2012 – Ryan Braun
    2011 – Nyjer Morgan/Tony Plush
    2010 – Rickie Weeks
    2009 – Craig Counsell
    2008 – Ryan Braun
    2007 – Prince Fielder
    2006 – Bill Hall

    Registration and voting for the High-Energy Player of the Year is done through the Brewers website. Additional information, along with eligibility and contest rules, is available on the site. Fans also can vote via text during select Brewers home games.

    Employees, officers and directors, including immediate family members and members of the same household, of We Energies, the Milwaukee Brewers, other Major League Baseball entities, and each of their affiliated companies, subsidiaries, licensees, distributors, dealers, retailers, printers and advertising and promotion agencies, and any and all other companies associated with the sweepstakes are not eligible to win prizes.

    Tuesday, May 14, 2013

    Port Washington falcons growing fast

    Here's a clip captured today of the chicks in our Port Washington Power Plant nest box. They're growing fast. These chicks were born at the end of April and will be banded next week.

    The chicks at Oak Creek and Pleasant Prairie nest boxes are not far behind.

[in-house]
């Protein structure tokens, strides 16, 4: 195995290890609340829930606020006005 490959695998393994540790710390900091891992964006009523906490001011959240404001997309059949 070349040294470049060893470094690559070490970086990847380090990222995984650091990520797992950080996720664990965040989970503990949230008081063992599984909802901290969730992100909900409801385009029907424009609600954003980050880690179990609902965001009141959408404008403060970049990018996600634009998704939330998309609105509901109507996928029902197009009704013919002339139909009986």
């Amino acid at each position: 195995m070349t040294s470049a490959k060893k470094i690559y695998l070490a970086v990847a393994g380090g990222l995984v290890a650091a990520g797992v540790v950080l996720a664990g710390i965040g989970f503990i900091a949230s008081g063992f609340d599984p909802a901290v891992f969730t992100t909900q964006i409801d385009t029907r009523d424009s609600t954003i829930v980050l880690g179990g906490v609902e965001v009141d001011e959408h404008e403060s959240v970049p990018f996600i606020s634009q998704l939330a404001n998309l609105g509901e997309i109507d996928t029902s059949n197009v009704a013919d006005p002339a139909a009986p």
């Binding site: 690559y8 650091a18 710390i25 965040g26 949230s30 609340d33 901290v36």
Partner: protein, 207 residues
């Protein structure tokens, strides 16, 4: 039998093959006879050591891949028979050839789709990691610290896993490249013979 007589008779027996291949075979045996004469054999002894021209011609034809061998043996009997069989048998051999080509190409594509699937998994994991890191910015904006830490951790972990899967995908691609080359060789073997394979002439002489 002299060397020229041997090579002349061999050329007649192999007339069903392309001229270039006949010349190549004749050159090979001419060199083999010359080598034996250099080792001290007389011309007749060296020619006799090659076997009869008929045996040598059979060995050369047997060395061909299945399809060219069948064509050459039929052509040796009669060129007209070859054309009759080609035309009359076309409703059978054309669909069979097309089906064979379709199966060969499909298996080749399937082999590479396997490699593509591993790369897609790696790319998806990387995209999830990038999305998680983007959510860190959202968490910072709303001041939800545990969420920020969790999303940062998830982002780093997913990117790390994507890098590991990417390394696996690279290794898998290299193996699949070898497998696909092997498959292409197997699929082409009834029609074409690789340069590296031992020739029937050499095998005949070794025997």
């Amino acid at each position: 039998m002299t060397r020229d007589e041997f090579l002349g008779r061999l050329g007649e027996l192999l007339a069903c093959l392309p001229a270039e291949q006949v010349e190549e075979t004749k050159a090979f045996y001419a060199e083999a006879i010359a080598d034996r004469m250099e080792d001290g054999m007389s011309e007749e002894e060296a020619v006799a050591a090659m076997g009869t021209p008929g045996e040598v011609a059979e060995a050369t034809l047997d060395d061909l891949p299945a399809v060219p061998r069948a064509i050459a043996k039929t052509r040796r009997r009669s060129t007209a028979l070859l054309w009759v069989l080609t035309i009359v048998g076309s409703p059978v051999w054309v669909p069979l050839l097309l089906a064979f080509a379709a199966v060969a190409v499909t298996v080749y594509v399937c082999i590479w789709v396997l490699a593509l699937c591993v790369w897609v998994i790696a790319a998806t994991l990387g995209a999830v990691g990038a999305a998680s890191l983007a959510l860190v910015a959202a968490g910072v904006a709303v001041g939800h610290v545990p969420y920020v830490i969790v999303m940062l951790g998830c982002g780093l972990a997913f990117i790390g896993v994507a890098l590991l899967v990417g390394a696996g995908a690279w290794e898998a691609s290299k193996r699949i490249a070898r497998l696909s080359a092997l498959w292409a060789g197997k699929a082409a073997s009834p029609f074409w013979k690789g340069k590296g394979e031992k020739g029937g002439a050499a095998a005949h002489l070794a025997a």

See live video of chicks at our Pleasant Prairie and Oak Creek nest boxes

    Tuesday, April 9, 2013

    Customers warned of scams as moratorium set to expire

    With the winter moratorium on disconnections set to expire on April 15, reports of scams on our customers as well as other utilities are surfacing. The scams target primarily the Latino community, asking customers in Spanish to purchase prepaid cards to avoid disconnections. We emphasize that we are not asking customers to purchase prepaid cards to pay their utility bills.

    We remind customers to be vigilant and to communicate with us if they suspect anything suspicious. A scam warning notice was included with customer bills recently.

    The number of our customers facing disconnection is approximately the same as last year, with 5,000 to 6,000 customers most at risk of being disconnected after the end of the moratorium. By the time the moratorium begins again in November, we estimate we will need to disconnect approximately 50,000 customers.

    To prevent disconnection, we offer a minimum payment option or flexible payment plans. In addition, energy assistance funds are available to help qualifying customers. Budget billing also may help customers manage their monthly energy expenses by spreading out their charges more evenly over 12 months.

    Customers having problems paying their bills are encouraged to contact us as soon as possible. They can select a payment option and learn more about energy assistance by calling 800-842-4565. Customers also can visit to learn more about online payment options.